Getting There from Here

Now comes the hard part for “visionary minimalist” and pragmatist Barack Obama. As the leader and spokesman of a new generation, will the new president mobilize his online grassroots army to innovate in governing; will he settle for a more conservative Clinton 3 mandate, or will he mix both approaches?

Pepe Escobar argues that to help him succeed, everyone in America and around the world has to behave as a critical intellectual. Obama has to bridge the gulf not only between black and white but between red and blue and rich and poor – facing tremendous challenges in the financial and foreign policy fronts. “Our climb,” as the President-elect admitted in his acceptance speech, will indeed be long.

November 10, 2008 – 7 minutes

The key to the highway

President-elect Obama has promised “we’ll get there” – Here are some of the challenges he faces

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    • Edger on November 10, 2008 at 3:54 pm
      Author

    Because they are there.

  1. We need to know more, hear more about direction, people, etc.  But, most important, we must be ready to input, as necessary!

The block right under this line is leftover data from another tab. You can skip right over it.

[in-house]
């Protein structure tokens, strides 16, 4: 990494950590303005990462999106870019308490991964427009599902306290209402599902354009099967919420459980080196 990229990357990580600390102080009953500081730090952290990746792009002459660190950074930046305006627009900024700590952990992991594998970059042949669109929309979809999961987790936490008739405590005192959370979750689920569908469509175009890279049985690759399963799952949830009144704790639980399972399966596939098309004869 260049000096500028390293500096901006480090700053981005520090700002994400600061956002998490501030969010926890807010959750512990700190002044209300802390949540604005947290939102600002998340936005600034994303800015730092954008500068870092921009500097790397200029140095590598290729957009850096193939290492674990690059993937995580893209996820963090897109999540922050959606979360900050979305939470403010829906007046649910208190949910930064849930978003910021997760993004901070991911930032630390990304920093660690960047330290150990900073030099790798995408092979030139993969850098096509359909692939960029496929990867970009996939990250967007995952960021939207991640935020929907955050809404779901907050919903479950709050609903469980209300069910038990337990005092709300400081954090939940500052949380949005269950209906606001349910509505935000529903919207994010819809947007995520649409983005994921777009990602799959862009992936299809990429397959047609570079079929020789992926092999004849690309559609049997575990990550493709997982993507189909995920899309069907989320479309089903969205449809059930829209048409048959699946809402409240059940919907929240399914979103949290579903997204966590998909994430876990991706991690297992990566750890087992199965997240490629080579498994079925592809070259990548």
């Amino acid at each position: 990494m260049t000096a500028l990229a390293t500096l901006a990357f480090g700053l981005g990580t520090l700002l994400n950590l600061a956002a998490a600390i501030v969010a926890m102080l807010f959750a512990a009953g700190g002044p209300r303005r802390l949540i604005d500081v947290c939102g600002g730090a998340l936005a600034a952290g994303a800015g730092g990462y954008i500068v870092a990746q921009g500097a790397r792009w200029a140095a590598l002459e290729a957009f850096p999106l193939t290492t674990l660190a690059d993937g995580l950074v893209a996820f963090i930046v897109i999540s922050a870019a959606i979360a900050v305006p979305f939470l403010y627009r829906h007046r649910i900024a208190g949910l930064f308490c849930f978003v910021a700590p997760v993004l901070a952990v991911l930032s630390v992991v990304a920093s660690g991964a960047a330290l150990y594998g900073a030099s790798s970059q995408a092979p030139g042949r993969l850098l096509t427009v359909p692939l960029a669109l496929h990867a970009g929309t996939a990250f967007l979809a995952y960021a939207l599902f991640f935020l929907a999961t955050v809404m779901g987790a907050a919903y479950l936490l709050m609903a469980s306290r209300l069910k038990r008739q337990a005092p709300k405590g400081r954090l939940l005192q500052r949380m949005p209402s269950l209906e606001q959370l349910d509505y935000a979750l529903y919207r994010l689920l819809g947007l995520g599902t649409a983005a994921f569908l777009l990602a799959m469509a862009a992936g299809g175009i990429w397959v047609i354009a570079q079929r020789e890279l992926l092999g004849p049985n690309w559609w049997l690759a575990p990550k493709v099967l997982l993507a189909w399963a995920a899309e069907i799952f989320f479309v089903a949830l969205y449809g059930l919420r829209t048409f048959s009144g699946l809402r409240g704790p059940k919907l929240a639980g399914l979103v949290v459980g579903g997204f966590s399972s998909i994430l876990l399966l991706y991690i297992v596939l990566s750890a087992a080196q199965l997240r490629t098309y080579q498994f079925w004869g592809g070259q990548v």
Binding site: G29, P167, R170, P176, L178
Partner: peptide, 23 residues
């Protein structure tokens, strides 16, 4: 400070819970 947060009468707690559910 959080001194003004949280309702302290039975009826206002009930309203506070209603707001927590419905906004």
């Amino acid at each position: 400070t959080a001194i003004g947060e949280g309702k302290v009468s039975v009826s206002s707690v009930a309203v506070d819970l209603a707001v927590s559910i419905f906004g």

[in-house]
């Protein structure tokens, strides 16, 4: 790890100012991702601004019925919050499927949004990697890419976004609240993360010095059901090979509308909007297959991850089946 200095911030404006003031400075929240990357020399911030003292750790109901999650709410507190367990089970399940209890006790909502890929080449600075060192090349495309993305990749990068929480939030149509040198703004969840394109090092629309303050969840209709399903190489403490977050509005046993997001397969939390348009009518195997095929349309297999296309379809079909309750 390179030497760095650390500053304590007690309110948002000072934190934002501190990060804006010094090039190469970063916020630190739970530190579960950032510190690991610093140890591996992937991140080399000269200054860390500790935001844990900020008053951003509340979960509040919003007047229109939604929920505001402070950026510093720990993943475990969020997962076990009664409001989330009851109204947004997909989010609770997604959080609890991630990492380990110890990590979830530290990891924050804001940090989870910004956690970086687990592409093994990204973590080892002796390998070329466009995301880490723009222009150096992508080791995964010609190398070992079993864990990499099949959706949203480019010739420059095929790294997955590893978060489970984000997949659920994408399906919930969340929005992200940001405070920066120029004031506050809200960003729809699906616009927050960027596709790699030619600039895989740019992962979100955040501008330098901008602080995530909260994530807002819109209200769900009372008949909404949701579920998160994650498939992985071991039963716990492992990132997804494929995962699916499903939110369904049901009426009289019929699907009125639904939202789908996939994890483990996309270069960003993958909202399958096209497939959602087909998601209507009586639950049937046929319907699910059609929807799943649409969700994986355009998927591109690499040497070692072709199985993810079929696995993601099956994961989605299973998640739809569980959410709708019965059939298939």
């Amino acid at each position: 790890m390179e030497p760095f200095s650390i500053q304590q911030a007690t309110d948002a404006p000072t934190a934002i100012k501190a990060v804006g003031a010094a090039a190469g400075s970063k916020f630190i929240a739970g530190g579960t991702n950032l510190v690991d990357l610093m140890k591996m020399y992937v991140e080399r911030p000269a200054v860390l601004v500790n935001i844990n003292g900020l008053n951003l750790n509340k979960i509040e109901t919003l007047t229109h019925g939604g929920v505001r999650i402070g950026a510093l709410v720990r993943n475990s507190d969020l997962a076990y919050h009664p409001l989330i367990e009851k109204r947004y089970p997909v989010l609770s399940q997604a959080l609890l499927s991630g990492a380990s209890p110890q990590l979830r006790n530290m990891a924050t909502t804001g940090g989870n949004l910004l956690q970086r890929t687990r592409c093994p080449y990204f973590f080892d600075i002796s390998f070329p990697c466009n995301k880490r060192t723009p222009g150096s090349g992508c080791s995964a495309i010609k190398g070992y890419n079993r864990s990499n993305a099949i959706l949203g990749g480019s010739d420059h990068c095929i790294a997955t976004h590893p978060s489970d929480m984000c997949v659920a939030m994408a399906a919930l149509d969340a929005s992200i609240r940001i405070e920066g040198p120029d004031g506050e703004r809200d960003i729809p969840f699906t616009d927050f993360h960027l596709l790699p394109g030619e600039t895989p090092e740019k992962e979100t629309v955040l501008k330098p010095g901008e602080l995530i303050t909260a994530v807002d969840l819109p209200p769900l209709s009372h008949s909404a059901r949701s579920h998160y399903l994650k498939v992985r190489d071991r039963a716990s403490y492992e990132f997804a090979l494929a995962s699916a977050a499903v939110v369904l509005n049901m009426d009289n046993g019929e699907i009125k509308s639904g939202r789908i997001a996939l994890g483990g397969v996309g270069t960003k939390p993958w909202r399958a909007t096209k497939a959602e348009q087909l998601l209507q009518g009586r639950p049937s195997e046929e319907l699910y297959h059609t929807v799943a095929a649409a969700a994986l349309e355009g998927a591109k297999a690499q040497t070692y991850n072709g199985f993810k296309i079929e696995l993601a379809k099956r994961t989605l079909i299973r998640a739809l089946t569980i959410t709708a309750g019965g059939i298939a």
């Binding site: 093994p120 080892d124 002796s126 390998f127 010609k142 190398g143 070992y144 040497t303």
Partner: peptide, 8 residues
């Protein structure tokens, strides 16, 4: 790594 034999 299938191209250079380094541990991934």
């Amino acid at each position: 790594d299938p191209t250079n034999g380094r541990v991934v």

Thanks, Edger!

    • Edger on November 10, 2008 at 6:20 pm
      Author

    From The Independent, this morning…

    Public expectations for change are sky high, but the Obama team is trying to decide which of the expansive campaign promises it made over the past 21 months should take priority in the administration’s first 100 days. The “big-bang” approach – pressing ahead on multiple fronts – seems to have been put on hold by his transition advisers. John Podesta, the leader of the transition team, pointed yesterday to a more pragmatic “step-by-step”, or “hybrid”, start to the presidency.

    In a radio address over the weekend Mr Obama he said his first priority is an economic recovery programme. Now the debate is whether to tackle health care, climate change and energy independence all at once or to stagger them. But his team is discouraging talk of a fast-paced 100-day agenda.

    Mr Obama has made clear for months, however, that he wants to scrap as many as 200 of the most controversial decisions of Mr Bush’s eight years in office. A team of 48 advisers is already drawing up a list of measures they intend to undo, relating to torture, federal funding for stem cell research, reproductive rights and climate change.

    As soon as he takes over Mr Obama is expected to issue an executive order declaring that CO2 emissions from factories are a danger to human welfare, a big leap forward in the battle to reverse the effects of climate change. He will also reverse a decision to prevent California from regulating CO2 emissions from cars. At the stroke of a pen Mr Obama is expected to wipe out many Bush-era policies that have caused angst abroad, including the global ban on US aid for family planning groups abroad that provide any advice on abortion.

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